• Tell a family member or friend right away what’s going on.

If a friend or loved one talks or behaves in a way that makes you believe he or she might attempt suicide, don’t try to handle the situation alone:

  • Get help from a trained professional as quickly as possible. The person may need to be hospitalized until the suicidal crisis has passed.
  • Encourage the person to call a suicide hotline number. In the U.S., call the National Suicide Prevention Lifeline at 800-273-TALK (800-273-8255) to reach a trained counselor. Use that same number and press “1” to reach the Veterans Crisis Line.

Please also consider contributing to the American Foundation for Suicide Prevention. They are expecting a significant shortfall in fundraising this year, and this year, when so many are in pain, it’s critical that they continue to move forward with their mission Any amount helps. If you choose to give, you can give to AFSP directly by going to their website, or you can support them through my team’s fundraising efforts: The Jay Walkers

Remember

If you need to talk about this important issue do not worry that you’re going to “trouble” or “trigger” me. You won’t. I’m always here for you.

You Can Help Stop Suicide

I belong to a fairly exclusive “invitation-only” group on Facebook – one you must be vetted first in order to join. It’s a group no one seeks membership to, but once accepted everyone is so thankful to be a member. This “elite” group is for those who have lost a spouse or partner to suicide and every single day new survivors join our group. I read their introductions: “Please welcome… who lost her husband/his wife/their partner on…” Every single day – sometimes multiple times per day. I read their sadness, their pleas for help, their confusion, their “what if’s” and their “if only’s”. Honestly, some days I just “can’t,” it’s too much, it’s too hard, and then there are days where I’m the one who is lost and seeking their hard-won wisdom, their compassion, their understanding – clarity from the scarred. No one wants to be a member of this group, but we’re grateful it exists. It’s a place where we can safely show our wounds – our sadness – without being repeatedly shut-down with, “you should go see a counselor.” It’s a place we can say freely, “I desperately miss my person,” and be ok with remembering times when our loved one wasn’t reduced to just one single, horrific event.

This week is National Suicide Prevention Week and we need to talk frankly about suicide and how you can help.

The fact is, I wasn’t planning on starting a walk group this year. Right now, there are so many very worthy causes – so many people in pain – so many people in need of assistance. Then I read a post from one of my fellow survivors – a woman who was told by her partner’s family to stop mentioning how he died because it brought the family shame.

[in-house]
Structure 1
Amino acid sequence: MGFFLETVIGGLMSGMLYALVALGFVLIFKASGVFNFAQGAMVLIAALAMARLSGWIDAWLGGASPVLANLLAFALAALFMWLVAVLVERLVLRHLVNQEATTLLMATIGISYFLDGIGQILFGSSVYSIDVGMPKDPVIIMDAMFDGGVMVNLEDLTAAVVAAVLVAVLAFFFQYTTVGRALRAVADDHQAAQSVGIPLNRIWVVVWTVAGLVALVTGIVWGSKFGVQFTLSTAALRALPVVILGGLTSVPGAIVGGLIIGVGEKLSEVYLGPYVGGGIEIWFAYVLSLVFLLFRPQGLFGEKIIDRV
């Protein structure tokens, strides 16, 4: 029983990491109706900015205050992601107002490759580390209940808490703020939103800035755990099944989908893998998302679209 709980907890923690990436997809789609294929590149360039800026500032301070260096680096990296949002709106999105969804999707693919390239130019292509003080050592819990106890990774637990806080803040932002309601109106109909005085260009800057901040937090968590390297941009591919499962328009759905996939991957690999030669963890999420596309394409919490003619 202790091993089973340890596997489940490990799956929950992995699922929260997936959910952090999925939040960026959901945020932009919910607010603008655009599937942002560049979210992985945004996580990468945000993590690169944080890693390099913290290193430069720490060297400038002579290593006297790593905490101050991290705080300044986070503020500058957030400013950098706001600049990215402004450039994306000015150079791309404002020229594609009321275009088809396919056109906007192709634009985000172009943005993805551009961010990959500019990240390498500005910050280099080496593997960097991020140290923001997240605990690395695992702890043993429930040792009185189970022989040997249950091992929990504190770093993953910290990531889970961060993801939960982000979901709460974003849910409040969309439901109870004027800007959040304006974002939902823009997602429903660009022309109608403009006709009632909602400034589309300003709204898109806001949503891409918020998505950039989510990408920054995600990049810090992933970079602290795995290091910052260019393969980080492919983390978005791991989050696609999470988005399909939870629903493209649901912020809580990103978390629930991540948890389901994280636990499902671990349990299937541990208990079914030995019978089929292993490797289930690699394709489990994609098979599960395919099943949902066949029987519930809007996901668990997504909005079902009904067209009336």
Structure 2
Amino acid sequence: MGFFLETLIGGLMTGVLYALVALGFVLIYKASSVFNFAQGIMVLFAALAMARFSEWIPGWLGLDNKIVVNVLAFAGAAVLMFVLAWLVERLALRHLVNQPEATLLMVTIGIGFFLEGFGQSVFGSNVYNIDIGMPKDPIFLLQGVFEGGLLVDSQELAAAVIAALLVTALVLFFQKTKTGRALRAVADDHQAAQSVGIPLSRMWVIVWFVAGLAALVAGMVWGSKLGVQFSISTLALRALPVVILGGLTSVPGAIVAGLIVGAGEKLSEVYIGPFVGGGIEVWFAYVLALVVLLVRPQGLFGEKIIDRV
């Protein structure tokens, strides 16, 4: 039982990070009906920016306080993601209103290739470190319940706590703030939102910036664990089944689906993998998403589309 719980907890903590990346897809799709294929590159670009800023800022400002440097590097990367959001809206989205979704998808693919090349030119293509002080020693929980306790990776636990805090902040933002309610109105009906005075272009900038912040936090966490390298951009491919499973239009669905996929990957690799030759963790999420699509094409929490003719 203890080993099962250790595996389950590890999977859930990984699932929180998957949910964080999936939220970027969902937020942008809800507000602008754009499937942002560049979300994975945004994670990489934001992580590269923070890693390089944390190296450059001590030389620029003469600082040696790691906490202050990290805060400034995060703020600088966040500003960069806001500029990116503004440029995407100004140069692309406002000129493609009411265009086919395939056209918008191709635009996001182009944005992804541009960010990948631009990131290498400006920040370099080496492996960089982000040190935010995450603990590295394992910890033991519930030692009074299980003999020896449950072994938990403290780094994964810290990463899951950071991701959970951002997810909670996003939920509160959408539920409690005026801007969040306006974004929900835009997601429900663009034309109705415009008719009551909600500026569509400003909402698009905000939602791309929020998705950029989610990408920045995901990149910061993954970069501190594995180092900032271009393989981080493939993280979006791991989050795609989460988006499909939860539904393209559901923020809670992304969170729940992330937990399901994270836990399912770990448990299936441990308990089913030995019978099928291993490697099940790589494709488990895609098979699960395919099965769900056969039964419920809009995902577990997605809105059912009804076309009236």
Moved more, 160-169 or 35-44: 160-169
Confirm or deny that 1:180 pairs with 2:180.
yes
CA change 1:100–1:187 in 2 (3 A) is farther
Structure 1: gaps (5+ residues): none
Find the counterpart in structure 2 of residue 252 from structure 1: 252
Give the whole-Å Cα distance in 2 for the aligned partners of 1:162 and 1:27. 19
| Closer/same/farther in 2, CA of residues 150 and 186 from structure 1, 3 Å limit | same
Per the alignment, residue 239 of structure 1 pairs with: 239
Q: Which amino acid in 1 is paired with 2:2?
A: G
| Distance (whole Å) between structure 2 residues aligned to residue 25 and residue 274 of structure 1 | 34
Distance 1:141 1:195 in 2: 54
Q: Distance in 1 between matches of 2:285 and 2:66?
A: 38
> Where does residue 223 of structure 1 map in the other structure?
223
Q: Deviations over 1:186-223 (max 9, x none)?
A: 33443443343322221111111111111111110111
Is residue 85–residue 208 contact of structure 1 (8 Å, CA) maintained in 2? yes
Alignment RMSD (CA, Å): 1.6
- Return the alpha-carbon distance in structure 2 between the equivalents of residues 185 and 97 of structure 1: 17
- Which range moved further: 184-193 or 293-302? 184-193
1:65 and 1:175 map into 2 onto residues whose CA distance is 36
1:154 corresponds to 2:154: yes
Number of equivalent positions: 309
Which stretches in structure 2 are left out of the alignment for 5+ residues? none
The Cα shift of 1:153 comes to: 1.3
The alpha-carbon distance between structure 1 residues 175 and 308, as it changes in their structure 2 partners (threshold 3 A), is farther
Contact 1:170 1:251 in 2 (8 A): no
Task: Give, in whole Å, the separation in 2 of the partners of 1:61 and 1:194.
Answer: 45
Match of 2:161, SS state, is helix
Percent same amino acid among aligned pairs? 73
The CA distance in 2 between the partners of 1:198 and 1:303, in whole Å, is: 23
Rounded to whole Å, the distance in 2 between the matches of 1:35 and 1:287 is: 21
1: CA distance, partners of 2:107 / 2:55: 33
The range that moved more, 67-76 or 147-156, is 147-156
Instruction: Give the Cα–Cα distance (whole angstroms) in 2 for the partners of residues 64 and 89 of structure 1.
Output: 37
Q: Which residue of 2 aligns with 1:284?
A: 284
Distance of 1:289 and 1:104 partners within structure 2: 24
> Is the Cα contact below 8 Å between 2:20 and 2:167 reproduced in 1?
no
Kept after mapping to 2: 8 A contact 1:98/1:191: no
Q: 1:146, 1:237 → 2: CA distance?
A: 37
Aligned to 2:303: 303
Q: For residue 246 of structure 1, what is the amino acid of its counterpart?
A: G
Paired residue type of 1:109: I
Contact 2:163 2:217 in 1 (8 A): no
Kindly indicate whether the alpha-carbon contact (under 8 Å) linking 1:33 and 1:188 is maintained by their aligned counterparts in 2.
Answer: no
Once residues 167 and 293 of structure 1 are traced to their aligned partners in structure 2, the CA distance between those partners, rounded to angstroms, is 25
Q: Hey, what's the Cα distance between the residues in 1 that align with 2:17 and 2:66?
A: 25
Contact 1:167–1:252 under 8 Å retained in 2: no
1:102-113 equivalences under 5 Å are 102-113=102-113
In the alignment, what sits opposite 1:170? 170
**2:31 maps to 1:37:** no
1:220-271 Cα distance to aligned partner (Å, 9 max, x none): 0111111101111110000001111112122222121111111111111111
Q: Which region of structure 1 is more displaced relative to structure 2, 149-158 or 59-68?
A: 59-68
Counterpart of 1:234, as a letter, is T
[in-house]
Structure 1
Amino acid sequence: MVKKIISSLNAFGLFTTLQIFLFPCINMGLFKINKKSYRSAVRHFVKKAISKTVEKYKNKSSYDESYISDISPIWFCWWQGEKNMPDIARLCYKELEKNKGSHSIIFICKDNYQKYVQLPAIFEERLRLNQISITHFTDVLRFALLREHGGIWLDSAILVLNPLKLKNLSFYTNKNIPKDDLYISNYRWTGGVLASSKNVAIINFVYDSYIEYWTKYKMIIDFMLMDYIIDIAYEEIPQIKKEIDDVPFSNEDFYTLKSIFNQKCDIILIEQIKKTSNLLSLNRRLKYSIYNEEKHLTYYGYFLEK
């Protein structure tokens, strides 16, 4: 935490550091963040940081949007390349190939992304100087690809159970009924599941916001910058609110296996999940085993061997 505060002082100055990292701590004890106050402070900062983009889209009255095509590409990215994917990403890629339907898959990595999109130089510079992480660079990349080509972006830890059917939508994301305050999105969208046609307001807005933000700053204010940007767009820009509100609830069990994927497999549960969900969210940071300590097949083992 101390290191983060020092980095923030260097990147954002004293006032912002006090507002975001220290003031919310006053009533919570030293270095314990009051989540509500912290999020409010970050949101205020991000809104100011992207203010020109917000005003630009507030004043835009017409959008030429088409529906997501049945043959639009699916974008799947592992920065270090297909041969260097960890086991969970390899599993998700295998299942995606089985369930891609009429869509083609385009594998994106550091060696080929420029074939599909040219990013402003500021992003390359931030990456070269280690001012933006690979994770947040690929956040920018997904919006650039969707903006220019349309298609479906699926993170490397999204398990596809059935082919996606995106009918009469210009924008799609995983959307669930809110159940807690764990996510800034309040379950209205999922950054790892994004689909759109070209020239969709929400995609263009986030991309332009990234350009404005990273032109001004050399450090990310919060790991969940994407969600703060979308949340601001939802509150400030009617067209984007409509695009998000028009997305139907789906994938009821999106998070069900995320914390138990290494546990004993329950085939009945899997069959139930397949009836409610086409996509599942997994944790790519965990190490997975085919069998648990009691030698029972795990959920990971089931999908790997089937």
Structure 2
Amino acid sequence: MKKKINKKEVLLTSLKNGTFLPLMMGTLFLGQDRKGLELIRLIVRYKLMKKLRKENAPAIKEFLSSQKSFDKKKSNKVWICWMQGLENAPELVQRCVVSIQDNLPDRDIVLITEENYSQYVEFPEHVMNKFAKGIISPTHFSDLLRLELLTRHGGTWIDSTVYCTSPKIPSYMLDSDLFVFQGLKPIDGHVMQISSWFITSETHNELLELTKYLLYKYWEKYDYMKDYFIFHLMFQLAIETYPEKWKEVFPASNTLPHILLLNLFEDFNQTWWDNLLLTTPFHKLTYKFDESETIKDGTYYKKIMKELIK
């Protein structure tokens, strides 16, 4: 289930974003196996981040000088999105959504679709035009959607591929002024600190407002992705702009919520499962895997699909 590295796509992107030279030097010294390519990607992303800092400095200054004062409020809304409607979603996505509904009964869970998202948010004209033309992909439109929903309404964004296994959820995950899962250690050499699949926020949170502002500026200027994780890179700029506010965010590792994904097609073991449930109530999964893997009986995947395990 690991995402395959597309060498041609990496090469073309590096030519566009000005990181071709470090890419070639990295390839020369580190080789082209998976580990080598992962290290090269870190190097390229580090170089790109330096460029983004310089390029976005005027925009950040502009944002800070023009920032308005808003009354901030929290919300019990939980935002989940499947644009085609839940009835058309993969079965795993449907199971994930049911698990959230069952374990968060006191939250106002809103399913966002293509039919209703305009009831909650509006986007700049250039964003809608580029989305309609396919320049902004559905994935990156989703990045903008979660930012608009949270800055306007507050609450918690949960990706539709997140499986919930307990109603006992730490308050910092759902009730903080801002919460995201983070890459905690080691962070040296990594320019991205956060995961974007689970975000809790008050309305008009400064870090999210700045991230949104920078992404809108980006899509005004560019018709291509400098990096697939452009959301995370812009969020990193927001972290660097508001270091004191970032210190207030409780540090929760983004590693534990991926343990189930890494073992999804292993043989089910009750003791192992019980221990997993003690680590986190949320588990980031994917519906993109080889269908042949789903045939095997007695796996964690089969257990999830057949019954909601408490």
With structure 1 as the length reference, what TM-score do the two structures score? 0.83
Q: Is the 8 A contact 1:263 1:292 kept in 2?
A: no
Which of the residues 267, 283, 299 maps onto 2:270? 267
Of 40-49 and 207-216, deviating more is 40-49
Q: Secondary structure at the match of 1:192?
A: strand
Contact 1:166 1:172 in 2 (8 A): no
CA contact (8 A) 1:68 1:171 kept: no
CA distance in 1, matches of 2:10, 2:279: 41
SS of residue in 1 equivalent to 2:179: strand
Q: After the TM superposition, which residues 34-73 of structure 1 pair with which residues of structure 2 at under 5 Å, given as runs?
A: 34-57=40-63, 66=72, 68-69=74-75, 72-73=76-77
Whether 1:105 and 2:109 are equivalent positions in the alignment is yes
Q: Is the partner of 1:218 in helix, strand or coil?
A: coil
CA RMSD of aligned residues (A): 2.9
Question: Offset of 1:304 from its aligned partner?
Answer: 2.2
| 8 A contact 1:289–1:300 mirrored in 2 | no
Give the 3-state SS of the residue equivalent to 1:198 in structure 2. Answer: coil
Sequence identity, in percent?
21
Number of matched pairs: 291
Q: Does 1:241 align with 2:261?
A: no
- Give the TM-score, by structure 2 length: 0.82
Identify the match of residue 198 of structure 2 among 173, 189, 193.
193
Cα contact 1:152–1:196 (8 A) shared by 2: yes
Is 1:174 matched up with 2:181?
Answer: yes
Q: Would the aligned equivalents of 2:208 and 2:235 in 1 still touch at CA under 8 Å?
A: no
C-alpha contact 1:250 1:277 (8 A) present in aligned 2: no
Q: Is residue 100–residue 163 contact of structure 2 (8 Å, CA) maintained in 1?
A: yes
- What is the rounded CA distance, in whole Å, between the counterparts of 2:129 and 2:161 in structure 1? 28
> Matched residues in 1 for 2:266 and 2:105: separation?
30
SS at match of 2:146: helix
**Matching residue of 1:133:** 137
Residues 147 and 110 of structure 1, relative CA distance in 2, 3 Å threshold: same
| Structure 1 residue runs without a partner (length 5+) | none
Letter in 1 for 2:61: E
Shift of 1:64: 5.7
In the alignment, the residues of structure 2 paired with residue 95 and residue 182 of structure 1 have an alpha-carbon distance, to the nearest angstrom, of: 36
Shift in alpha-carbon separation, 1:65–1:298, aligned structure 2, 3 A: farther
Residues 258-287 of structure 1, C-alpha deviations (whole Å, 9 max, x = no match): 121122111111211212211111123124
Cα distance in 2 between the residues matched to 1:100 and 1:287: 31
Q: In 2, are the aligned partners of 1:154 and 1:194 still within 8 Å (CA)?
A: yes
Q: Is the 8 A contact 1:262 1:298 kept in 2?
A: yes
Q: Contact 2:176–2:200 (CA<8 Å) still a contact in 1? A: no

I was absolutely appalled, but not particularly surprised by the family’s reaction.

The stigma associated with suicide is very common, and it compounds the complicated grief felt by we survivors. The truth is, we do not get the same support from our community (friends/family) as we would have had our loved one died any other way. Our loved one’s death was an embarrassment – a reason for great shame. Their deaths should be hidden, tucked away, never to be spoken of again – as if the mere acknowledgment of how they died would encourage the visit of the ugly specter of suicide to visit their own house.

And we need to stop that.

We stop that by openly talking about suicide and by talking about mental health issues. We stop telling those suffering and in need of mental health services that they are “weak” when they express the need for counseling, or psychiatric intervention. It is not, nor has it ever been, a weakness or flaw in constitution to need mental health services, much like it isn’t a weakness or flaw if I have the flu. If I break my arm, I need a doctor. No one questions that. By that same token, if I have a chemical imbalance that affects my brain such as suffering from clinical depression, I need to see a mental health specialist. That’s where we fail in our understanding (and compassion) as a society.

That must change.

..and those changes happen when we’re willing to talk openly about suicide and mental health issues.

It changes when we recognize that mental health services are as important as physical health services. It changes when we stop stigmatizing suicide – when we stop stigmatizing mental health issues. It changes when it doesn’t occur to us to ask a person whose spouse/partner/child/parent/friend died by suicide to “please not mention it.”

So, here I am again asking you to walk with me on October 24th to raise awareness. This is a virtual walk between 9AM – 1PM – you choose the location. To join the Jay Walkers click here. If you raise $100 on behalf of the American Foundation of Suicide Prevention (AFSP), I will send you one of our fine Jay Walkers 2020 team t-shirts.

If you can’t walk (and even if you can), please consider making a donation to AFSP at our Jay Walker’s team site here.

Whatever you do, I need you to commit to talking about mental health issues, to supporting those who have been affected by suicide, and to never attempt to silence someone from talking about their loss of a loved one to suicide. (… and a very personal note, I need you to commit to never saying or suggesting the person who died by suicide was “selfish” – no, my friend, they had a mental health crisis and could not see any other escape from their tremendous pain.)

Let’s endeavor to be more compassionate and to make a difference.

I’m leaving you with some of the latest facts/figures from the CDC:

There is no single cause to suicide. It most often occurs when stressors exceed current coping abilities of someone suffering from a mental health condition.